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to pass through the wire. As soon as the wire becomes incandescent, it forms around itself an atmosphere of vapour, which it immediately decomposes. Moreover, a natural valve being formed by the conflict of ascending gas and descending water, the bubbles of mixed gas are cut off by an interniittent action; and thus, as their recombination is prevented, a volume of gas collects in the bend of the tube and is ultimately expelled at the orifice. It detonates on the application of a light. If again, a button of platinum wire be fully ignited by the oxyhydrogen blowpipe, and then plunged into water heated nearly to its boiling point, bubbles of mixed gas ascend and

may

be collected in an inverted tube. Various forms of apparatus have been devised for the purpose of increasing the action and rendering the cvolution of gas continuous: they are fully described in the memoir above referred to. The decomposition may also be effected by means of an ignited button of the alloy of iridium and osmium,—also by ignited palladium; but the effects are not so striking as with platinum. Silica and other oxides also seemed, in Mr. Grove's experiments, to effect the decomposition; but the results were not satisfactory.

The mode of action in this very remarkable phenomenon is involved in some obscurity. Various explanations have been suggested : some have attributed it to a catalytic action of the platinum. But it is perhaps most probable—as suggested by the discoverer—that the cause of the decomposition is to be found in the rarefaction produced by the heat. Grotthuss has shown that mixtures of oxygen and hydrogen, or chlorine and hydrogen, when much rarefied, will not detonate by the electric spark. We know also that other compounds may be decomposed by mere elevation of temperature: e. g., oxide of chlorine at a very moderate heat, ammonia at a higher, and certain metallic oxides, viz. the oxides of mercury, silver, gold, and the other noble metals, at a still higher temperature; and the decomposition of water in the manner just described appears to form the final term of this series of actions. There appears indeed to be an extensive series of facts which point to a generalized antagonism between thermic repulsion and chemical affinity, and a consequent establishment of the law of continuity between physical and chemical attraction. (Vid. Phil. Mag. J. 31, 96.) T.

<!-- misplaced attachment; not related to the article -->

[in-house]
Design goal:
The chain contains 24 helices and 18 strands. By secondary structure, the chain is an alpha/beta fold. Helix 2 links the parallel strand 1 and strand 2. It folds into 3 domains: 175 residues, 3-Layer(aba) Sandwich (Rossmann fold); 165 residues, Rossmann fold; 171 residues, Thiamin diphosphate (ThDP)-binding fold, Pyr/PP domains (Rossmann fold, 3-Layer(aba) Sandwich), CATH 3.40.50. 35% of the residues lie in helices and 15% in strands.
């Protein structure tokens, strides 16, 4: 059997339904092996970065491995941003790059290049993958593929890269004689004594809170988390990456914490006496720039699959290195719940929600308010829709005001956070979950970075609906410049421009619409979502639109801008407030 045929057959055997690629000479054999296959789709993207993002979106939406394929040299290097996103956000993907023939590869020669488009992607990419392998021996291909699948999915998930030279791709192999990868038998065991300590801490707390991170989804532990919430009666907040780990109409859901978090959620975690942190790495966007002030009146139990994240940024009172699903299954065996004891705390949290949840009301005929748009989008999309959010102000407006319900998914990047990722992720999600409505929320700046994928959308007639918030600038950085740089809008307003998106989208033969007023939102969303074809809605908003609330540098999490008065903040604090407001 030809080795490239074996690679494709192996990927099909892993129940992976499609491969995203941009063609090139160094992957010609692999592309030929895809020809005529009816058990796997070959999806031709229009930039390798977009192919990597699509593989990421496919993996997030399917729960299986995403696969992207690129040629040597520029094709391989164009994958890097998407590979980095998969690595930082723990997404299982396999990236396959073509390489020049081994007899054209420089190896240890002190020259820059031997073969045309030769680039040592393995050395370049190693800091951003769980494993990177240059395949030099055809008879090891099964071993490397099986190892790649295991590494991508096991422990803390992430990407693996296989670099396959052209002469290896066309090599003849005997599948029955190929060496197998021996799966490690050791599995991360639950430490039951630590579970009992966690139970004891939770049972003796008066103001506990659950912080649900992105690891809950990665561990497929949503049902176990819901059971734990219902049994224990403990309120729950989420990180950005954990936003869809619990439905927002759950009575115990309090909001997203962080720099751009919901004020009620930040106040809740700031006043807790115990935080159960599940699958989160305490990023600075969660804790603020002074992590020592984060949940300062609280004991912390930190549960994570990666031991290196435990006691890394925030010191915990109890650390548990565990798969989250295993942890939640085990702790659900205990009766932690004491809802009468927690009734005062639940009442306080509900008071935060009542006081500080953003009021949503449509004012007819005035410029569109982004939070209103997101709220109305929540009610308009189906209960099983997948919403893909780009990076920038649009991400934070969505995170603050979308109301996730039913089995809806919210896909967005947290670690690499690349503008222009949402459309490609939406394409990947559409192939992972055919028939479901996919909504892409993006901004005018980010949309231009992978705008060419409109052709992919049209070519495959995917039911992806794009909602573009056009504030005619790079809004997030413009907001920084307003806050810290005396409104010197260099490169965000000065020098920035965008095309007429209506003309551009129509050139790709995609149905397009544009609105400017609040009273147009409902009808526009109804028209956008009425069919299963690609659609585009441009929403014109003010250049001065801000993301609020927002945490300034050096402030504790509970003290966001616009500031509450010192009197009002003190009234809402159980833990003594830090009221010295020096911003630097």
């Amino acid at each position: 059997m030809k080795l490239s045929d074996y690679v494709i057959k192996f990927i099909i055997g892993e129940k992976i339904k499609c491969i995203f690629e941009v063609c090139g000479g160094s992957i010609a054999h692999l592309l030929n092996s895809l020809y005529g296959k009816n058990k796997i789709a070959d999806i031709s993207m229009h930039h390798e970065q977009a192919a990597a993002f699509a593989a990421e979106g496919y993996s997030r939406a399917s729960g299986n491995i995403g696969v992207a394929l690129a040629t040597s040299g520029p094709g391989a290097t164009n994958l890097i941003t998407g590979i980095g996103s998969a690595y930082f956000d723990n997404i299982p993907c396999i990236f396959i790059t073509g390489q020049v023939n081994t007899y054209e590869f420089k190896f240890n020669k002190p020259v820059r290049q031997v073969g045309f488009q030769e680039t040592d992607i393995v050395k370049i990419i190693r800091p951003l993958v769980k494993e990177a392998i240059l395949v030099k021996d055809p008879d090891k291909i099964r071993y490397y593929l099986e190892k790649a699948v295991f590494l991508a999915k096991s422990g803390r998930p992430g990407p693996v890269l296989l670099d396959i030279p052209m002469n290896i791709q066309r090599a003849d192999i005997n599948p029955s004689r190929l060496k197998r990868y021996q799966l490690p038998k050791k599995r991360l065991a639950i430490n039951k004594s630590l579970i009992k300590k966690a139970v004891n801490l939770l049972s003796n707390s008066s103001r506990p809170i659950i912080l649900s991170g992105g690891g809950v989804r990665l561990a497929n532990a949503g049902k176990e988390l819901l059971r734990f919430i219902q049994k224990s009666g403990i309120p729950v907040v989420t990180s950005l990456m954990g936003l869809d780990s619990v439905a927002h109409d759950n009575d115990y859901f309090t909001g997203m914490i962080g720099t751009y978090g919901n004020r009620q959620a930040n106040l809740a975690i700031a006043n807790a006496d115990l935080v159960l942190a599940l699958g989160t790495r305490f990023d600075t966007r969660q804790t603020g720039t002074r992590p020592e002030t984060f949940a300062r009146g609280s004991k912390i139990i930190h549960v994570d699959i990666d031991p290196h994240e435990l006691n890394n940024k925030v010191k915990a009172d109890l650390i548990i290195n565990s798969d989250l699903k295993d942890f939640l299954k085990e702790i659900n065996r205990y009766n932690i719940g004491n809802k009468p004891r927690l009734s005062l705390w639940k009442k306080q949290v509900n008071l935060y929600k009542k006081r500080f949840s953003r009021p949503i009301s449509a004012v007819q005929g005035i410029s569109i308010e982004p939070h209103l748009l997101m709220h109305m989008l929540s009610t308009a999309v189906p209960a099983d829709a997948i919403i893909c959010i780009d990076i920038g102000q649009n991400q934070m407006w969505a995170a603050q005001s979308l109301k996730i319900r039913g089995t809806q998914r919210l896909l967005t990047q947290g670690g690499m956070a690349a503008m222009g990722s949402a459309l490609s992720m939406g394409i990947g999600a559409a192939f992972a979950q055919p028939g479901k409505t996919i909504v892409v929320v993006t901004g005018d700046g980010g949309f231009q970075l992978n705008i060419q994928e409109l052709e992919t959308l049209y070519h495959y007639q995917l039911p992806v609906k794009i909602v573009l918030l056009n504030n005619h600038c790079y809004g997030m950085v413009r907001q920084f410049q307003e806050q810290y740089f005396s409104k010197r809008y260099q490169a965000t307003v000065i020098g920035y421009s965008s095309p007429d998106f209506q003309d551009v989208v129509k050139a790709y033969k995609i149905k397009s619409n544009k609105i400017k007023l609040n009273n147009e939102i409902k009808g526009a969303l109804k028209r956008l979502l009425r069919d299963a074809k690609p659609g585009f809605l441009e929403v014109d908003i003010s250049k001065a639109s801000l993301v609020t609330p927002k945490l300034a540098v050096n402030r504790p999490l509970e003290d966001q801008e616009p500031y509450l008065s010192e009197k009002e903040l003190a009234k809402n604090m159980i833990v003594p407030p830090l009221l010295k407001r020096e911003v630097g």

Observation 1. Davy, who doubts the materiality of heat, explains the difference between a hot and a cold body by supposing the atoms of the former to make larger vibrations than those of the latter: hence expansion. The same view is taken by Mohr. (Ann. Pharm. 24, 141.)

Observation 2. Irvine and Dalton make no difference between free and combined heat. When uncombined heat becomes accumulated in a solid body to a certain point, it causes that body to assume the liquid form; and since, according to the opinion of these philosophers, this change of form is accompanied by increased capacity for heat, absorption of heat must take place. They therefore consider all development and absorption of heat in chemical or mechanical changes of ponderable bodies as proceeding from an alteration of capacity for heat. According to these hypotheses they endeavour to find the so-called Zero, the absolute 0 of the scale of temperature, or the absolute quantity of heat contained in bodies. Since, e. 9., the specific heat of ice is, according to Kirwan, 0.9 of that of water, and ice in passing to the state of water absorbs 75° of heat, these 75° are equal to one-tenth of the absolute quantity of heat

contained in water; hence the zero of the temperature for water at 0° must be situated at – 750° (1318° Fah.). They likewise determine the zero from the heat evolved on mixing two substances, and the specific heat of the resulting mixture. But the widely discrepant results of these calculations, according to the nature of the substances considered,—the zero being situated, according to Dalton's experiments between – 6130 and – 2390, and according to an experiment of Lavoisier and Laplace, actually above red heat,—are the best arguments against the rejection of the theory of combined heat. If the statement of Delaroche & Bérard, that the specific heat of vapour of water is only 0.8470, should be completely established, the preceding view of the subject would be completely overthrown, since, if there were no such thing as combined heat, the conversion of water into vapour would then be attended with evolution of heat.-Comp. Thomson (System of Chemistry.)

Clement & Desormes place the absolute zero at 266.6° C. (– 447.9° Fah.) partly with reference to a not very probable hypothesis concerning the heat contained in a vacuum (p. 252), partly from the following cousiderations. Air at 0° expands for each" degree C. of heat superadded by 100or ort, and contracts for each degree of heat abstracted,